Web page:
ASL: I hear there is going to be an America's Strongest Woman Contest soon which is similar in format to the World's Strongest Man Contest, would you participate in it?

Cynthia: I am basically retired from extreme strength contests now at 38 years old, but if they had a Master's division that was drug tested, I might consider entering.

ASL: Do you have any throwing, powerlifting or strong woman competitions, contests or exhibitions coming up?

Cynthia: I am basically retired

ASL: I read about how you were the first woman to compete in Scottish Heavy Events. Please tell us about the whole experience. How were you received?

Cynthia: Being the first woman competitor was a mind blowing experience!!! Not only for myself but for the Scottish community as well. I was warned by British friends of mine to expect possible resentment from the Scots, but as it turned out, it was just the opposite. I had one elderly Scottish gentleman came up to me to shake my hand and said, "It's about time Lass. We have been waiting to see this day!!" Gestures like that made the event even more worthwhile to me. Most importantly, I appreciated the opportunity to deliver my message to the wee lassies that "They should never let being a woman stop them." As for the competitors, I could not have asked for a better group of gentlemen to compete with. Everyone was very nice and helpful. I have experienced the most opposition and problems form my American Amateur competitors. I do not wish to elaborate on this.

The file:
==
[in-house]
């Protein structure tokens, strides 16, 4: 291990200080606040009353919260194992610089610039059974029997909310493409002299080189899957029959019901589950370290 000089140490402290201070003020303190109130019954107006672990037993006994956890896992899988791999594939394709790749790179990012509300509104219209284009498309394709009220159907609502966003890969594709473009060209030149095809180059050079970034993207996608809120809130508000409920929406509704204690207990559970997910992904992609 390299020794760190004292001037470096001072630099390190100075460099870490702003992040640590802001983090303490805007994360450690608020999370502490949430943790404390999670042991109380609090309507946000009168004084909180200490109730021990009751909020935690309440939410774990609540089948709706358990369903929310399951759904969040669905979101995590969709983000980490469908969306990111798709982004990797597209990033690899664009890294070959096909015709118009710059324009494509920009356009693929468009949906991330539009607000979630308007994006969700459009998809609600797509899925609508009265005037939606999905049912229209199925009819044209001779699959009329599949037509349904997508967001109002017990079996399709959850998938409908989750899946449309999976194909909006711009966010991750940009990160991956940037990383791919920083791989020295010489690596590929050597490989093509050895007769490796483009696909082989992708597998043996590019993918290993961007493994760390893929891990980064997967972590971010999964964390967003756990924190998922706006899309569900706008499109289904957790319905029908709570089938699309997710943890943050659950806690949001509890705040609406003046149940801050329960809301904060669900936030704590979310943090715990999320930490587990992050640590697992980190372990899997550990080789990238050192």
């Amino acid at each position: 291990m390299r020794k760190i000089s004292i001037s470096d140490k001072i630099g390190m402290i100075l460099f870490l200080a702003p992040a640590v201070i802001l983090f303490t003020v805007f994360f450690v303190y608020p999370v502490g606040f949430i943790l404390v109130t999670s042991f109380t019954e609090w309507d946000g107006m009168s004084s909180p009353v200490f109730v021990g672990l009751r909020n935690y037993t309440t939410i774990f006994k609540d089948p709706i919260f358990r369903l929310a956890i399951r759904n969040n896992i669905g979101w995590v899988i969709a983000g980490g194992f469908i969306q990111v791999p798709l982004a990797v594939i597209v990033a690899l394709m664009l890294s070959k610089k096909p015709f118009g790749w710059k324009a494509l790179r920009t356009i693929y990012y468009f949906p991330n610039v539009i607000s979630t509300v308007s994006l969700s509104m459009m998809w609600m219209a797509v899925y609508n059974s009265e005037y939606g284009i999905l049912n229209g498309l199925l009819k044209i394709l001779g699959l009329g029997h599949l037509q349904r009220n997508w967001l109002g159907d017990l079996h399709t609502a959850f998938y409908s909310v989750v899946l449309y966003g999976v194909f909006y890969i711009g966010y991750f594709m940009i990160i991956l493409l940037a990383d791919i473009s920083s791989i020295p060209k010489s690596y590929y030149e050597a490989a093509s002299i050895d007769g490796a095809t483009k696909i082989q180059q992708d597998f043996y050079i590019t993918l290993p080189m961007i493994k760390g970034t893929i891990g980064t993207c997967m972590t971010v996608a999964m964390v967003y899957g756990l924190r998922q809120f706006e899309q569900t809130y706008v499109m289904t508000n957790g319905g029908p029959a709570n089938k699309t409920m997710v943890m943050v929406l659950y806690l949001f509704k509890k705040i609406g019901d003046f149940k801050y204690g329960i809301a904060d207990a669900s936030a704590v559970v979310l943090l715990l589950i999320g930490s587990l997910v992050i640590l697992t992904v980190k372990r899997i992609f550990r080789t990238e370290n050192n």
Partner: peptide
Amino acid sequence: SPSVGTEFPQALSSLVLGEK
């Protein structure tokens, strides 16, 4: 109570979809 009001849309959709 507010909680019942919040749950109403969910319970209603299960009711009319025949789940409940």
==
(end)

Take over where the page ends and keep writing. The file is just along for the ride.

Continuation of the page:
ASL: Is there anything else you think the world should know about you?

Cynthia: Yes, I would like everyone to note that I am not a bodybuilder/physique athlete and I am not in the business fro wrestling matches!!! I have pursued all of my strength events purely out of my passion to do so. I have never sought to profit from them and never did them with the intention of capitalizing on them. Because of this, I am often asked WHY do I bother? My only answer would be "to conquer the seemingly impossible." For this carries a price, and the only profit is self-satisfaction, and in my opinion, is PRICELESS!!!

ASL: Is there any message or greeting you would like to give your many fans out there

Cynthia: I just want to say thanks to everyone who has admired all of the hard work that I have put forth into pursuing my passions with regard to strength events! To the ladies out there, I would like to once again mention the fact that they should never let being a woman stop anything they put their minds to. I was and have been discouraged by folks close to me for many years. I wish I had at least one of them tell me the above statement.

ASL: Thank you so very much for granting American Strength Legends this interview. It has been fun learning about you. I am sure that I express the sentiments of all those who visit American Strength Legends when I wish you continued success and championships in the future.